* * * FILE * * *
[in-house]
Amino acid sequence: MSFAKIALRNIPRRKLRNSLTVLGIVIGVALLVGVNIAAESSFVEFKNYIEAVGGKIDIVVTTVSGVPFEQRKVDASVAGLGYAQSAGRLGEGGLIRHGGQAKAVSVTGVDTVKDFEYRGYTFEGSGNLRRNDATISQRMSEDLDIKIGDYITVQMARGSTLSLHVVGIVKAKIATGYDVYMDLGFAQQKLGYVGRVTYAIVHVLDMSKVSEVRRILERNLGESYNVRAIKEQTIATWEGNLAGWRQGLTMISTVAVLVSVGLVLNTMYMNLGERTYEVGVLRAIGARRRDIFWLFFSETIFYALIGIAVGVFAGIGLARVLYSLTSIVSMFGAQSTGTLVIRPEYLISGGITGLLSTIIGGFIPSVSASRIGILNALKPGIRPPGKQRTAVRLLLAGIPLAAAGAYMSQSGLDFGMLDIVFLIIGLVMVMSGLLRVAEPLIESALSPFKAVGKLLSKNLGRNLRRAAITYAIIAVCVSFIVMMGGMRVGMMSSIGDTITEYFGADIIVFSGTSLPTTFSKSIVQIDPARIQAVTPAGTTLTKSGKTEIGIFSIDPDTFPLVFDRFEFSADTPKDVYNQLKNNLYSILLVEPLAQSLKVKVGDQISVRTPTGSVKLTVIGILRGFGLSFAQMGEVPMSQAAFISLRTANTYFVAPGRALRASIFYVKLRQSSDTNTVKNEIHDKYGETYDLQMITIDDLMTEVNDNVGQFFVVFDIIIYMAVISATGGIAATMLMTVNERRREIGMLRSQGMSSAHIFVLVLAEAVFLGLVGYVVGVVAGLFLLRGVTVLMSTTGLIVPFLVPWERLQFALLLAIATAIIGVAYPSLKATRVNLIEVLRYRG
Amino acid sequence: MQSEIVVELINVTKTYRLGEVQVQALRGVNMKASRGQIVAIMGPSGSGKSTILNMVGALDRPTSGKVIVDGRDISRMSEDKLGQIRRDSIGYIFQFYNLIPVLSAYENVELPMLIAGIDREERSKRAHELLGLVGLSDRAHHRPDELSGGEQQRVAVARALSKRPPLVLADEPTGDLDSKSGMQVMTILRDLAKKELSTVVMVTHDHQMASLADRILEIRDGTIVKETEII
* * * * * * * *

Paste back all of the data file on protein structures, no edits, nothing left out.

[in-house]
Amino acid sequence: MSFAKIALRNIPRRKLRNSLTVLGIVIGVALLVGVNIAAESSFVEFKNYIEAVGGKIDIVVTTVSGVPFEQRKVDASVAGLGYAQSAGRLGEGGLIRHGGQAKAVSVTGVDTVKDFEYRGYTFEGSGNLRRNDATISQRMSEDLDIKIGDYITVQMARGSTLSLHVVGIVKAKIATGYDVYMDLGFAQQKLGYVGRVTYAIVHVLDMSKVSEVRRILERNLGESYNVRAIKEQTIATWEGNLAGWRQGLTMISTVAVLVSVGLVLNTMYMNLGERTYEVGVLRAIGARRRDIFWLFFSETIFYALIGIAVGVFAGIGLARVLYSLTSIVSMFGAQSTGTLVIRPEYLISGGITGLLSTIIGGFIPSVSASRIGILNALKPGIRPPGKQRTAVRLLLAGIPLAAAGAYMSQSGLDFGMLDIVFLIIGLVMVMSGLLRVAEPLIESALSPFKAVGKLLSKNLGRNLRRAAITYAIIAVCVSFIVMMGGMRVGMMSSIGDTITEYFGADIIVFSGTSLPTTFSKSIVQIDPARIQAVTPAGTTLTKSGKTEIGIFSIDPDTFPLVFDRFEFSADTPKDVYNQLKNNLYSILLVEPLAQSLKVKVGDQISVRTPTGSVKLTVIGILRGFGLSFAQMGEVPMSQAAFISLRTANTYFVAPGRALRASIFYVKLRQSSDTNTVKNEIHDKYGETYDLQMITIDDLMTEVNDNVGQFFVVFDIIIYMAVISATGGIAATMLMTVNERRREIGMLRSQGMSSAHIFVLVLAEAVFLGLVGYVVGVVAGLFLLRGVTVLMSTTGLIVPFLVPWERLQFALLLAIATAIIGVAYPSLKATRVNLIEVLRYRG
Amino acid sequence: MQSEIVVELINVTKTYRLGEVQVQALRGVNMKASRGQIVAIMGPSGSGKSTILNMVGALDRPTSGKVIVDGRDISRMSEDKLGQIRRDSIGYIFQFYNLIPVLSAYENVELPMLIAGIDREERSKRAHELLGLVGLSDRAHHRPDELSGGEQQRVAVARALSKRPPLVLADEPTGDLDSKSGMQVMTILRDLAKKELSTVVMVTHDHQMASLADRILEIRDGTIVKETEII